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Colleagues,

In the Journal of Nuclear Medicine (Metabolic deficits in blast-exposed veterans with mild traumatic brain injury as revealed by FDG-PET, J Nucl Med. 2010; 51), and  findings published online in the Journal NeuroImage (Cerebrocerebellar hypometabolism associated with repetitive blast e..., Seattle researchers, have found what appear to be long-term changes in brain functions of Iraq veterans exposed to blast shock waves...

...The findings are published amid a debate about the causes of memory loss, mood swings, insomnia and other symptoms that afflict some troops exposed to bomb blasts or other explosions...

..."This is evidence of persistent alterations of the brain of Iraq and Afghanistan veterans with repetitive blast exposure," said Elaine Peskind, a Veterans Affairs Puget Health Sound Health System psychiatrist who led a team of 11 VA and University of Washington researchers....

... To conduct their research, Peskind and her research team turned to Postiron Emission Tomography, or PET, scans that inject subjects with a minute dose of radioactive glucose, then track the rate the sugar is metabolized by the brain...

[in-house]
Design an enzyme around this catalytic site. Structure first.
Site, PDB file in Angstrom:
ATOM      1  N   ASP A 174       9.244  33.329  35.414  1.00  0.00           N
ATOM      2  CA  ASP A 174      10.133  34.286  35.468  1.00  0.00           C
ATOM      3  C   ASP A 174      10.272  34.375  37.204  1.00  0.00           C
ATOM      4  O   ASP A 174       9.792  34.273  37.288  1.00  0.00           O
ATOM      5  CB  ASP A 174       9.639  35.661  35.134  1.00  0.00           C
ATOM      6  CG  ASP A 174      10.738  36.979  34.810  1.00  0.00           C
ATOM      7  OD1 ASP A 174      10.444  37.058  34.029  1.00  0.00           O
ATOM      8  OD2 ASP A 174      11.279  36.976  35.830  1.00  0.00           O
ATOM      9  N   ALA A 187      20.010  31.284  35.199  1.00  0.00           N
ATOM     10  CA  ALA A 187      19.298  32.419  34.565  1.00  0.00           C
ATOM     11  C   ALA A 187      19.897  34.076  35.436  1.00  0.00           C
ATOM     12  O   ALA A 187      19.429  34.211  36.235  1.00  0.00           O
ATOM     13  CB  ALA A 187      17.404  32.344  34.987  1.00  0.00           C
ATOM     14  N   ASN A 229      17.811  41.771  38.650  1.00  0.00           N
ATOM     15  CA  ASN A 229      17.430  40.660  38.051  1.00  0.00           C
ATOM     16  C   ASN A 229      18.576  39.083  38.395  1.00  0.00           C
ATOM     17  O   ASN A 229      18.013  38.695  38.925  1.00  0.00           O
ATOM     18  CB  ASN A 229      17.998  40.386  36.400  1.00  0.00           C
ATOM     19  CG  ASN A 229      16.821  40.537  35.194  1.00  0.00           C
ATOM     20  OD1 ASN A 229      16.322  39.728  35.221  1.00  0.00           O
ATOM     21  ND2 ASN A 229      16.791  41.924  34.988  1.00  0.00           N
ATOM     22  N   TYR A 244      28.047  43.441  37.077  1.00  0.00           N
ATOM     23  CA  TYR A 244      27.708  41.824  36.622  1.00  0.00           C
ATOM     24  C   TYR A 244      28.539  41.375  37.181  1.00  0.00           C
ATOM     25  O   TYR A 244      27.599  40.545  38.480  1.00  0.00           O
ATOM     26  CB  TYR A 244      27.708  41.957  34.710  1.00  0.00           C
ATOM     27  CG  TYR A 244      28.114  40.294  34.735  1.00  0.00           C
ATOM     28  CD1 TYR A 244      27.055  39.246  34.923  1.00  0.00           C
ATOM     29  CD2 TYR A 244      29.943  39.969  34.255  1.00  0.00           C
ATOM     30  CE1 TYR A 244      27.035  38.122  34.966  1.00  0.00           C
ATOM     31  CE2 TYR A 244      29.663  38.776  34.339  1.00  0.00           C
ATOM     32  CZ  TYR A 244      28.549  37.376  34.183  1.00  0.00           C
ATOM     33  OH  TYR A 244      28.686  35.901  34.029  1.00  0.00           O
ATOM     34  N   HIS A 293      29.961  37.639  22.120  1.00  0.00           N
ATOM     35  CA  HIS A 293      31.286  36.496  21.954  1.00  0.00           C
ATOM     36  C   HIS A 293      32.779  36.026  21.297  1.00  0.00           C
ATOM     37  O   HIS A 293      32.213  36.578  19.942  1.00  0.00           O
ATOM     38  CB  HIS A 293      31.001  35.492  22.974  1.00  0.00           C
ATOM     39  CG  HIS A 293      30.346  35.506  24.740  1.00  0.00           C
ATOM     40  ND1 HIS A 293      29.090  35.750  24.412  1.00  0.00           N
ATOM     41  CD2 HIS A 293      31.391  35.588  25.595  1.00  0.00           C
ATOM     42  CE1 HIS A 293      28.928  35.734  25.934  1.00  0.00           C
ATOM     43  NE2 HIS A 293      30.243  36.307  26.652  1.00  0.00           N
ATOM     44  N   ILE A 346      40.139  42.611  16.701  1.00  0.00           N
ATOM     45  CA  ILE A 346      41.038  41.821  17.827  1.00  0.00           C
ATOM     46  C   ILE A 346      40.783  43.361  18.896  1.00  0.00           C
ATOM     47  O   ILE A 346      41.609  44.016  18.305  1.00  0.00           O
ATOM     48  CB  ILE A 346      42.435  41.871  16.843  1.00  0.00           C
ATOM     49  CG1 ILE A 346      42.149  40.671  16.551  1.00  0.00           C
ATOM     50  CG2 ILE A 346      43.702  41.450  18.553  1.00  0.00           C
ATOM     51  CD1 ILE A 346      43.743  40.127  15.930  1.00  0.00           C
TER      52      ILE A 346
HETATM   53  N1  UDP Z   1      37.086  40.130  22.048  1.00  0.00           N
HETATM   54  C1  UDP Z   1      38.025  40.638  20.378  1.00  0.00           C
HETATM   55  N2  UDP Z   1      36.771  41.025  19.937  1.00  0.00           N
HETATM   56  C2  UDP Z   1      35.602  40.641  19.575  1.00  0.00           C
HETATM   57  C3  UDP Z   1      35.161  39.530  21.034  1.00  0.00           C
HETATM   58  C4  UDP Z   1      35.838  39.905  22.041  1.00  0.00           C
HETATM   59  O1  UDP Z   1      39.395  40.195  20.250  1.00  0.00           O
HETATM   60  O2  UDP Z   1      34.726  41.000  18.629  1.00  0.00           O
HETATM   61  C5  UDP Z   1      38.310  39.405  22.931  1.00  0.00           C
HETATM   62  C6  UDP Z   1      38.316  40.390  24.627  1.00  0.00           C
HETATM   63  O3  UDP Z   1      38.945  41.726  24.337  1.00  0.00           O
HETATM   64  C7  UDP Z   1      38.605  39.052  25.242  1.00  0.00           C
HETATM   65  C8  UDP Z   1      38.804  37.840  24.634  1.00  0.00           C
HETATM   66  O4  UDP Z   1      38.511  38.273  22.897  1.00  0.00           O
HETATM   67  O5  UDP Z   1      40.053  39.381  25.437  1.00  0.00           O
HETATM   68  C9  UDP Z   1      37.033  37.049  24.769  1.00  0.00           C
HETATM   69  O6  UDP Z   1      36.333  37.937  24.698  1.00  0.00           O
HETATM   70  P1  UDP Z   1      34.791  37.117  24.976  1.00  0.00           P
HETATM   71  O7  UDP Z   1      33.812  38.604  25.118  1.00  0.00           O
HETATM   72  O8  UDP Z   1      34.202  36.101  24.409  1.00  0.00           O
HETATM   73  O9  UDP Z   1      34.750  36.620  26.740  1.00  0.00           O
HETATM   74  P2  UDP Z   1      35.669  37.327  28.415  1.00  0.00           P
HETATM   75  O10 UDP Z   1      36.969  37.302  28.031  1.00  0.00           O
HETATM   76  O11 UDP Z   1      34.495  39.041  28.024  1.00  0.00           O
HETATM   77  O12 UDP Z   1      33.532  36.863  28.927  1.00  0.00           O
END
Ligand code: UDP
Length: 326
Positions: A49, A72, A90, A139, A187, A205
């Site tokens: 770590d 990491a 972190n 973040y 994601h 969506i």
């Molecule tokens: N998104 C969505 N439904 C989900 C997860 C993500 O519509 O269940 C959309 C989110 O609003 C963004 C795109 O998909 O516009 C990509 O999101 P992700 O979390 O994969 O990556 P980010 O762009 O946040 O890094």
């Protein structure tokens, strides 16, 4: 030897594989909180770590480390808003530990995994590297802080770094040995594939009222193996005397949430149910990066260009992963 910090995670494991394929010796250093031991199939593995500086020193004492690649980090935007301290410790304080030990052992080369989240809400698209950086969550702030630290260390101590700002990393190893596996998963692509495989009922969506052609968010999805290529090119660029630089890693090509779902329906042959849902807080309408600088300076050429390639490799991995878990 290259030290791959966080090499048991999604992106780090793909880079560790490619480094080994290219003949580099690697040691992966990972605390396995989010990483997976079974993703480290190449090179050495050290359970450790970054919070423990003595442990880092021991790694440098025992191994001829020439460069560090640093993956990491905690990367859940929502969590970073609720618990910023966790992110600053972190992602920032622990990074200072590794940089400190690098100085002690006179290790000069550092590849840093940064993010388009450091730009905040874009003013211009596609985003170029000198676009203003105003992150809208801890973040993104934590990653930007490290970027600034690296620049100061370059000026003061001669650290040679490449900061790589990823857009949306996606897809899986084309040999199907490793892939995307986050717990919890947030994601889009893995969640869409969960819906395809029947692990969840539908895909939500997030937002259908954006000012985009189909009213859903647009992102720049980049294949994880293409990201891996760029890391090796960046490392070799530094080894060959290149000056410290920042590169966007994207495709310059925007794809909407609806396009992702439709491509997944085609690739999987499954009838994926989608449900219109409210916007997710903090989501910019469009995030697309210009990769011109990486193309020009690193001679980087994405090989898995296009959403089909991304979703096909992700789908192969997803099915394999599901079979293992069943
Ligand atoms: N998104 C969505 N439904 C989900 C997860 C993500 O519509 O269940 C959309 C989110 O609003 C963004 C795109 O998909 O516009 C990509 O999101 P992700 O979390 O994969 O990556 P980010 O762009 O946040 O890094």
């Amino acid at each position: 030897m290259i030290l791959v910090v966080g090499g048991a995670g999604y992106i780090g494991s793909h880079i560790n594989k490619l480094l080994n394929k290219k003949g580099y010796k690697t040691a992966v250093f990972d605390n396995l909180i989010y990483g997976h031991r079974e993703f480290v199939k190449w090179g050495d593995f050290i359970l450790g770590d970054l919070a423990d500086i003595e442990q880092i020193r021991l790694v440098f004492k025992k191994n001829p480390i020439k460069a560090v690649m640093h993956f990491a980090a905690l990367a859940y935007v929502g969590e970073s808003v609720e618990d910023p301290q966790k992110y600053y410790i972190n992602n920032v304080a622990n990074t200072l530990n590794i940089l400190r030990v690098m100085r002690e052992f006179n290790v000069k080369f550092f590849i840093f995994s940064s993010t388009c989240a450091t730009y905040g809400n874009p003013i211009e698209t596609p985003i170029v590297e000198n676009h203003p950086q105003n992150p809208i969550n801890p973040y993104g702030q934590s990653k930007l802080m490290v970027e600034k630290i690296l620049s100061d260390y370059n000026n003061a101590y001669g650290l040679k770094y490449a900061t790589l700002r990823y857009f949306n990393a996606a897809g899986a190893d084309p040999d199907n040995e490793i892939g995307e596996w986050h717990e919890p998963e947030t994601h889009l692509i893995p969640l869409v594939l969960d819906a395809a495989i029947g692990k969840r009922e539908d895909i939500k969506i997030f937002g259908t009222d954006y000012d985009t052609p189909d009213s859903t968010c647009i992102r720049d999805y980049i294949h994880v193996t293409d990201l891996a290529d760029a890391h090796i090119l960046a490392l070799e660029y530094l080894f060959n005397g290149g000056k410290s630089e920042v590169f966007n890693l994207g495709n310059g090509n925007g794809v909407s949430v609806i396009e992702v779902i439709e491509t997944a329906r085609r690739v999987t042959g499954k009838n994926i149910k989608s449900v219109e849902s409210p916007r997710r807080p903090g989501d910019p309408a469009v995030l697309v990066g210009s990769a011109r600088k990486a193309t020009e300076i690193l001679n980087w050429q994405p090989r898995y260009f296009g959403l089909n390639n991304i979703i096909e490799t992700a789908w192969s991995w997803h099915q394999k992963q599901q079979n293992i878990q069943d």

... In scans of 12 veterans cited in the NeuroImage article, the researchers found four areas of the brain utilized the glucose at substantially below the rates of other study volunteers who never had served in the military. The affected brain areas are involved in regulating emotion, language, mental focus, sleep and other key functions ...


... In a new phase of research, Peskind's team is examining the brains of these veterans with a specialized form of magnetic resonance imaging or MRI. This research indicates the blasts also may have caused structural abnormalities to the brain, and researchers are looking for additional evidence that these veterans are at higher risk of dementia...


See attached powerpoint of preliminary data

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